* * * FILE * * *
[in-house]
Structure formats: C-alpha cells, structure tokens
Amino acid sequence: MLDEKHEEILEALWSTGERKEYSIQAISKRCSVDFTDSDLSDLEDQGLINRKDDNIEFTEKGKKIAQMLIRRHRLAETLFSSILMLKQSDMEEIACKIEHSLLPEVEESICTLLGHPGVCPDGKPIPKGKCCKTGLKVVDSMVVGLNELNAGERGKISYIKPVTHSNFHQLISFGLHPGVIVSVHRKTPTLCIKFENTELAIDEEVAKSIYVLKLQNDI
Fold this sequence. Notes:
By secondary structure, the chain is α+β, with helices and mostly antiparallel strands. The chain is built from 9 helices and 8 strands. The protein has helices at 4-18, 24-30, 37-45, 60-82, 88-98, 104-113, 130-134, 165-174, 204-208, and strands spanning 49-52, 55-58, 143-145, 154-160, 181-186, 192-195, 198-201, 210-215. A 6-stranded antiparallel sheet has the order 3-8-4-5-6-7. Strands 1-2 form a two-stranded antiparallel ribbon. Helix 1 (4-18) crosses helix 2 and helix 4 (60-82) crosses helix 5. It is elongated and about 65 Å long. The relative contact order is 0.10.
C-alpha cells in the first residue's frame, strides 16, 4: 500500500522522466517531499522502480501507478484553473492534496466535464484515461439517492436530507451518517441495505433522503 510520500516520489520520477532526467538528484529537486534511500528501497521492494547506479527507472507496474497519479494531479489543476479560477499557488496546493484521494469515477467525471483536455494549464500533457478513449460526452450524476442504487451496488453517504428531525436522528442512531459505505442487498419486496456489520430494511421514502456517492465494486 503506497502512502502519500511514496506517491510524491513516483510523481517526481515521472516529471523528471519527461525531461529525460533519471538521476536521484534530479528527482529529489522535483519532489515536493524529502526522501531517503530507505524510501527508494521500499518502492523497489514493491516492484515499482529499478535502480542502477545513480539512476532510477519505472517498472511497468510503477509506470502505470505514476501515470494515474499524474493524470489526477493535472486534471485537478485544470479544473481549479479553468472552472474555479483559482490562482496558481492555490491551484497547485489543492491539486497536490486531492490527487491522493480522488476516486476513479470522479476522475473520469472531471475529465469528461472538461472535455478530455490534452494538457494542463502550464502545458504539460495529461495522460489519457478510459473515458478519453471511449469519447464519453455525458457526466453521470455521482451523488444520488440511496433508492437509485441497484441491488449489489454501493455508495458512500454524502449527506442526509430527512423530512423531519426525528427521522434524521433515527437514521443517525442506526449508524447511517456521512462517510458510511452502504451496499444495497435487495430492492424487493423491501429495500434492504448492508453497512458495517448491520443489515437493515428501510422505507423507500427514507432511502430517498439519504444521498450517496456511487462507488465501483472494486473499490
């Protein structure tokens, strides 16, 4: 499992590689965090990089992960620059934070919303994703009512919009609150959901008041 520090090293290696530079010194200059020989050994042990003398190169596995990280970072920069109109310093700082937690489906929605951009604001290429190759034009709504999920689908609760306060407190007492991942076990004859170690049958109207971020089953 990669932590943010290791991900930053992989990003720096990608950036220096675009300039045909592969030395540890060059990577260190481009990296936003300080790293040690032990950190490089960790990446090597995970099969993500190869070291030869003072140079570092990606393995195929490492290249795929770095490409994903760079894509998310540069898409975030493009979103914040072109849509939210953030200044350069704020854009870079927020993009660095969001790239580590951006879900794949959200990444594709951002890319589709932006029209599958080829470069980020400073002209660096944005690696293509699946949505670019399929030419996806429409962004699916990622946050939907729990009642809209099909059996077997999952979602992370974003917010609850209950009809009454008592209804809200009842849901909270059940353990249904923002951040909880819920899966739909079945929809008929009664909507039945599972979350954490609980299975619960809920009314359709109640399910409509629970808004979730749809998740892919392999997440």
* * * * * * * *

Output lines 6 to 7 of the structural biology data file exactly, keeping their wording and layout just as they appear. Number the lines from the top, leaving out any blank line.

C-alpha cells in the first residue's frame, strides 16, 4: 500500500522522466517531499522502480501507478484553473492534496466535464484515461439517492436530507451518517441495505433522503 510520500516520489520520477532526467538528484529537486534511500528501497521492494547506479527507472507496474497519479494531479489543476479560477499557488496546493484521494469515477467525471483536455494549464500533457478513449460526452450524476442504487451496488453517504428531525436522528442512531459505505442487498419486496456489520430494511421514502456517492465494486 503506497502512502502519500511514496506517491510524491513516483510523481517526481515521472516529471523528471519527461525531461529525460533519471538521476536521484534530479528527482529529489522535483519532489515536493524529502526522501531517503530507505524510501527508494521500499518502492523497489514493491516492484515499482529499478535502480542502477545513480539512476532510477519505472517498472511497468510503477509506470502505470505514476501515470494515474499524474493524470489526477493535472486534471485537478485544470479544473481549479479553468472552472474555479483559482490562482496558481492555490491551484497547485489543492491539486497536490486531492490527487491522493480522488476516486476513479470522479476522475473520469472531471475529465469528461472538461472535455478530455490534452494538457494542463502550464502545458504539460495529461495522460489519457478510459473515458478519453471511449469519447464519453455525458457526466453521470455521482451523488444520488440511496433508492437509485441497484441491488449489489454501493455508495458512500454524502449527506442526509430527512423530512423531519426525528427521522434524521433515527437514521443517525442506526449508524447511517456521512462517510458510511452502504451496499444495497435487495430492492424487493423491501429495500434492504448492508453497512458495517448491520443489515437493515428501510422505507423507500427514507432511502430517498439519504444521498450517496456511487462507488465501483472494486473499490
């Protein structure tokens, strides 16, 4: 499992590689965090990089992960620059934070919303994703009512919009609150959901008041 520090090293290696530079010194200059020989050994042990003398190169596995990280970072920069109109310093700082937690489906929605951009604001290429190759034009709504999920689908609760306060407190007492991942076990004859170690049958109207971020089953 990669932590943010290791991900930053992989990003720096990608950036220096675009300039045909592969030395540890060059990577260190481009990296936003300080790293040690032990950190490089960790990446090597995970099969993500190869070291030869003072140079570092990606393995195929490492290249795929770095490409994903760079894509998310540069898409975030493009979103914040072109849509939210953030200044350069704020854009870079927020993009660095969001790239580590951006879900794949959200990444594709951002890319589709932006029209599958080829470069980020400073002209660096944005690696293509699946949505670019399929030419996806429409962004699916990622946050939907729990009642809209099909059996077997999952979602992370974003917010609850209950009809009454008592209804809200009842849901909270059940353990249904923002951040909880819920899966739909079945929809008929009664909507039945599972979350954490609980299975619960809920009314359709109640399910409509629970808004979730749809998740892919392999997440």